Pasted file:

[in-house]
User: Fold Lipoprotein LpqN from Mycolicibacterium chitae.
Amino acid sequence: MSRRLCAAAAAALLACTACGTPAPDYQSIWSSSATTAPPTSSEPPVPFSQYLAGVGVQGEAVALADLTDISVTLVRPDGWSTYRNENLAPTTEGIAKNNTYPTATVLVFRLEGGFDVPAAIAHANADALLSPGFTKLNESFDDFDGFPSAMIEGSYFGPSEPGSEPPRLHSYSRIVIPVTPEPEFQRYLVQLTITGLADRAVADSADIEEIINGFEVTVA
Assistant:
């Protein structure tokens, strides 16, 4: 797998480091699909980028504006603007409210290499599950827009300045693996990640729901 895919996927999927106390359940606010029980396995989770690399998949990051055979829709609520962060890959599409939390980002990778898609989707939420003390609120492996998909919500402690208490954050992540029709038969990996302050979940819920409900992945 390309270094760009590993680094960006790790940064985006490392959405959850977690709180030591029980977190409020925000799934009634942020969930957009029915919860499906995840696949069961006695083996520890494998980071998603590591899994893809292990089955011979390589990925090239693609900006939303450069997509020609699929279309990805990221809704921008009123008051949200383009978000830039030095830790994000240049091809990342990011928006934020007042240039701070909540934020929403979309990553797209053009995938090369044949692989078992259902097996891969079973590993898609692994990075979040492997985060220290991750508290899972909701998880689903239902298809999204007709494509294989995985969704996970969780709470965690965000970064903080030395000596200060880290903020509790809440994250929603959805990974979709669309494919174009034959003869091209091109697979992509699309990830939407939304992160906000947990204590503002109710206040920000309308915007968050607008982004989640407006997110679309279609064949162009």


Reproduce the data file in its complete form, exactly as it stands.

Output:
[in-house]
User: Fold Lipoprotein LpqN from Mycolicibacterium chitae.
Amino acid sequence: MSRRLCAAAAAALLACTACGTPAPDYQSIWSSSATTAPPTSSEPPVPFSQYLAGVGVQGEAVALADLTDISVTLVRPDGWSTYRNENLAPTTEGIAKNNTYPTATVLVFRLEGGFDVPAAIAHANADALLSPGFTKLNESFDDFDGFPSAMIEGSYFGPSEPGSEPPRLHSYSRIVIPVTPEPEFQRYLVQLTITGLADRAVADSADIEEIINGFEVTVA
Assistant:
């Protein structure tokens, strides 16, 4: 797998480091699909980028504006603007409210290499599950827009300045693996990640729901 895919996927999927106390359940606010029980396995989770690399998949990051055979829709609520962060890959599409939390980002990778898609989707939420003390609120492996998909919500402690208490954050992540029709038969990996302050979940819920409900992945 390309270094760009590993680094960006790790940064985006490392959405959850977690709180030591029980977190409020925000799934009634942020969930957009029915919860499906995840696949069961006695083996520890494998980071998603590591899994893809292990089955011979390589990925090239693609900006939303450069997509020609699929279309990805990221809704921008009123008051949200383009978000830039030095830790994000240049091809990342990011928006934020007042240039701070909540934020929403979309990553797209053009995938090369044949692989078992259902097996891969079973590993898609692994990075979040492997985060220290991750508290899972909701998880689903239902298809999204007709494509294989995985969704996970969780709470965690965000970064903080030395000596200060880290903020509790809440994250929603959805990974979709669309494919174009034959003869091209091109697979992509699309990830939407939304992160906000947990204590503002109710206040920000309308915007968050607008982004989640407006997110679309279609064949162009």